Shares of Apple Inc. (NASDAQ: AAPL) added $7.14 last week (4.8%), posting a new 52-week high on Friday. The company remains the best-performing stock by a wide margin among the 30 equities that comprise the Dow Jones Industrial Average (DJIA). The company’s stock is up 34.78% year to date, well above second-place McDonald’s 19.42% improvement.
Apple reported fiscal second-quarter results two weeks ago, with earnings per share totaling $2.10 and revenues totaling $52.9 billion, pretty much in line with estimates of $2.02 in earnings per share and $52.97 billion in revenues. In the same period last year, Apple reported earnings per share of $1.90 and revenues of $50.56 billion.
Last week, the company said it would pay its regular $0.63 quarterly dividend on May 18. Apple said its total dividend payment for the quarter amounts to $3.0 billion, slightly below the $3.1 billion the company paid out in dividends in the prior three quarters.
In addition to dividend payments, Apple repurchased $7 billion worth of its own stock during the quarter. The company also reported $99 billion in total debt at the end of the second quarter.
And that raises the question of why a company with more than $250 billion in cash needs to borrow money to pay $10 billion out to shareholders. The answer, of course, is taxes. Most of Apple’s cash pile is held overseas and, under U.S. law, would be taxed if the company brought the money back into the country. That’s a whole story in itself.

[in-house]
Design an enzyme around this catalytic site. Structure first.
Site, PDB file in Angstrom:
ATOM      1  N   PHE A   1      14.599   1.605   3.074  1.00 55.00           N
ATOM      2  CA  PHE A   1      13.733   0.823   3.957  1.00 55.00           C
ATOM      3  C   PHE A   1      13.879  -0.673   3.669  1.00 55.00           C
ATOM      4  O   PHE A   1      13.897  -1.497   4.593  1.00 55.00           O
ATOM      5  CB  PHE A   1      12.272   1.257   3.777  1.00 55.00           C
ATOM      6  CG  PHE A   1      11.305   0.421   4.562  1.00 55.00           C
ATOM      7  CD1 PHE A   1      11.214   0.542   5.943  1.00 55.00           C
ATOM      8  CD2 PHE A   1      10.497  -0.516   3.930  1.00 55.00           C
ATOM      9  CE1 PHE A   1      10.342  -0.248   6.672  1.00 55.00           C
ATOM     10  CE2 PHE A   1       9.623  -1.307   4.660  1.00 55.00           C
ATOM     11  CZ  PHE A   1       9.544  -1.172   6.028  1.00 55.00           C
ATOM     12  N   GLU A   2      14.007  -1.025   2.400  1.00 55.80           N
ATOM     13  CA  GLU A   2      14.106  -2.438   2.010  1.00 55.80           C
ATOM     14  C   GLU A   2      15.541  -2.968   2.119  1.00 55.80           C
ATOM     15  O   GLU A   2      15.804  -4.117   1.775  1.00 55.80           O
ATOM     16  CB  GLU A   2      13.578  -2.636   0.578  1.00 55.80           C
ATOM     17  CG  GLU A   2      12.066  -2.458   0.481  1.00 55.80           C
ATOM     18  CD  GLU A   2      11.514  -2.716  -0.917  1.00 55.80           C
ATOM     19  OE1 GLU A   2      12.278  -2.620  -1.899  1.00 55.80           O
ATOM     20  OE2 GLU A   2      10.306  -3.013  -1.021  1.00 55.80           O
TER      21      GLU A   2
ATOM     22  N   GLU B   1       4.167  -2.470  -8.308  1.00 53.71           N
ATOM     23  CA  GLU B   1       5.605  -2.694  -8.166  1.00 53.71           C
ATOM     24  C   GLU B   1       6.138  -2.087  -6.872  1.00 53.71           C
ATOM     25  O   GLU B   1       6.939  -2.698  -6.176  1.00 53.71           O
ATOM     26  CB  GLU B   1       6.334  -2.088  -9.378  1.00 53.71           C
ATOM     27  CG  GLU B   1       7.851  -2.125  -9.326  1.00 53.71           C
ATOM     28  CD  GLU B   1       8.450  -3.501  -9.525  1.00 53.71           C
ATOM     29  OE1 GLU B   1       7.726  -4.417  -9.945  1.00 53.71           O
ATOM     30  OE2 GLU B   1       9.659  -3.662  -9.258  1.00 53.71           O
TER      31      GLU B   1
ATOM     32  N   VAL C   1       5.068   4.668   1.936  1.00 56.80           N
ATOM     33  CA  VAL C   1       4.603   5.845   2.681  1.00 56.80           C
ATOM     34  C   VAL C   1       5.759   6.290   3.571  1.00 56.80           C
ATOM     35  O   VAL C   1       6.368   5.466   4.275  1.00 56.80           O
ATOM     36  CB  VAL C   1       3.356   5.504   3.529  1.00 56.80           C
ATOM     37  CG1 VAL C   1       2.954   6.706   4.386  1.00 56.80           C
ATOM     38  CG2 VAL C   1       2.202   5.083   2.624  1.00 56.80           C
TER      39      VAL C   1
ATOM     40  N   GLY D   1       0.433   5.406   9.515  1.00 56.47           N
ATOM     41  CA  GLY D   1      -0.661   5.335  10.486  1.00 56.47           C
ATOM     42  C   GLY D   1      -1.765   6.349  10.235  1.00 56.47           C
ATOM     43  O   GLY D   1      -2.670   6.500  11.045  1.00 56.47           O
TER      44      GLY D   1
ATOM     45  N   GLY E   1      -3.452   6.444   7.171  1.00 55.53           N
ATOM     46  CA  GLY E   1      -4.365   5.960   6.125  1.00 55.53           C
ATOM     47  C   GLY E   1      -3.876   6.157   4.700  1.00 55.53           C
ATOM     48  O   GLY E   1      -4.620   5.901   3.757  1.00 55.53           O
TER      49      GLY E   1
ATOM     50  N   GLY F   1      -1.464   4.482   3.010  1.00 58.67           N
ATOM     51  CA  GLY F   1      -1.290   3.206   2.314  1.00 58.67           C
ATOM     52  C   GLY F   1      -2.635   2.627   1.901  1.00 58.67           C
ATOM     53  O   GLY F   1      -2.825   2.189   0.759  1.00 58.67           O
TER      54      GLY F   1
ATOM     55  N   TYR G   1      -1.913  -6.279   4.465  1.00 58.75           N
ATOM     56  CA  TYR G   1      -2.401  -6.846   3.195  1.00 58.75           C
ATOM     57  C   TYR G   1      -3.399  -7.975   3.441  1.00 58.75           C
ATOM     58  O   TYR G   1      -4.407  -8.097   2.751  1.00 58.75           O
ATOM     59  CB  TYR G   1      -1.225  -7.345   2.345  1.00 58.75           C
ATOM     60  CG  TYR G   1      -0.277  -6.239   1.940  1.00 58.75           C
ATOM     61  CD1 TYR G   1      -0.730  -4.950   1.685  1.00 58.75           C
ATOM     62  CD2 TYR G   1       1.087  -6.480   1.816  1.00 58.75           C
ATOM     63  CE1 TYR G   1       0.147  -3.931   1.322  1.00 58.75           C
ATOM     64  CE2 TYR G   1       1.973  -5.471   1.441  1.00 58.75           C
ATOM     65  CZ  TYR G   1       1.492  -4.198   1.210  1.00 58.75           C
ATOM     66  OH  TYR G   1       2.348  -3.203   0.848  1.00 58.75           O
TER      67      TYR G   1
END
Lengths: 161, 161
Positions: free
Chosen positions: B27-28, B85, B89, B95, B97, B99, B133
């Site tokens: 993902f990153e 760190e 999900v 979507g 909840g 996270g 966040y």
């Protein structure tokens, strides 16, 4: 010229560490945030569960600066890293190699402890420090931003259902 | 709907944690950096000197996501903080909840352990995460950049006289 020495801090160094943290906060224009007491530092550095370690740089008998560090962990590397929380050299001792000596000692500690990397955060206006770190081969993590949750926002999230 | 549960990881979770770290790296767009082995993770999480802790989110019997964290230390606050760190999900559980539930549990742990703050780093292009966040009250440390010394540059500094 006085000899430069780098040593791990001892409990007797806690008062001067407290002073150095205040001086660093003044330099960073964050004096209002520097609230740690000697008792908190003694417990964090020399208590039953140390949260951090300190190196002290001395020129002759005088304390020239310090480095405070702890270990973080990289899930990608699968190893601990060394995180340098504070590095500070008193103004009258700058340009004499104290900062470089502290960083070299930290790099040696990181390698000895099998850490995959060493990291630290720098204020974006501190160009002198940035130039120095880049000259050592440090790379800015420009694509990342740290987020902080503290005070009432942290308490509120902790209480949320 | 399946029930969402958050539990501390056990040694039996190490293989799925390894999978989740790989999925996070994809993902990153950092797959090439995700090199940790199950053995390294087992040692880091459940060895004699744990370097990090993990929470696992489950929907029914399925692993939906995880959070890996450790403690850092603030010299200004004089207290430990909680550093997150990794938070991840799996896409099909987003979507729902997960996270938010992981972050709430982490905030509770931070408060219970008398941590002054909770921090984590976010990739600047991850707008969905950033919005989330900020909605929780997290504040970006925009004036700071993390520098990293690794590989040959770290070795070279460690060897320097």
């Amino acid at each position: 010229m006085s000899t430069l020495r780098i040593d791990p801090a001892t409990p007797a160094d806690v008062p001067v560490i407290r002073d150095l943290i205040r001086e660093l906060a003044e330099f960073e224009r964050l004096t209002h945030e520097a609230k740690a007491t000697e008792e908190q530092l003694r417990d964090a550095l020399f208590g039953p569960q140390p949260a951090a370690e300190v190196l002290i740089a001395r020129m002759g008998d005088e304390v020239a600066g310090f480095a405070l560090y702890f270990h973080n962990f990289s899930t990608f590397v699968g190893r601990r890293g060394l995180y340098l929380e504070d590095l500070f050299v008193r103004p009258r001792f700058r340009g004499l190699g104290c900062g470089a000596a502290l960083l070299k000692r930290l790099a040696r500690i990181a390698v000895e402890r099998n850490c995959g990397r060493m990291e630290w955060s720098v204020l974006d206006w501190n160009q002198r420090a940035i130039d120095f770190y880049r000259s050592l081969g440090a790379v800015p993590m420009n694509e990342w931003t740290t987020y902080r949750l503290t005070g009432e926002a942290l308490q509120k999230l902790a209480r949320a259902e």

Apple, and other companies like Alphabet that also keep large stores of cash offshore, often borrow to pay dividends because money is cheap, particularly if the company has a market cap of $800 billion and is the most valuable private-sector company in the world.
Last Thursday, Apple issued $7 billion in new bonds with floating interest rates and maturing dates between 2020 and 2027. Like the rest of the cash-rich U.S. firms, Apple is waiting for the president to make good on his promise to lower corporate tax rates and, perhaps, even a one-time tax holiday on repatriated funds.
Apple shares closed at $156.10 on Friday, in a 52-week range of $90.00 to $156.42. The consensus 12-month price target is $153.96, in a price target range of $104 to $202 per share. And see our story on why Merrill Lynch raised its price target on Apple last week.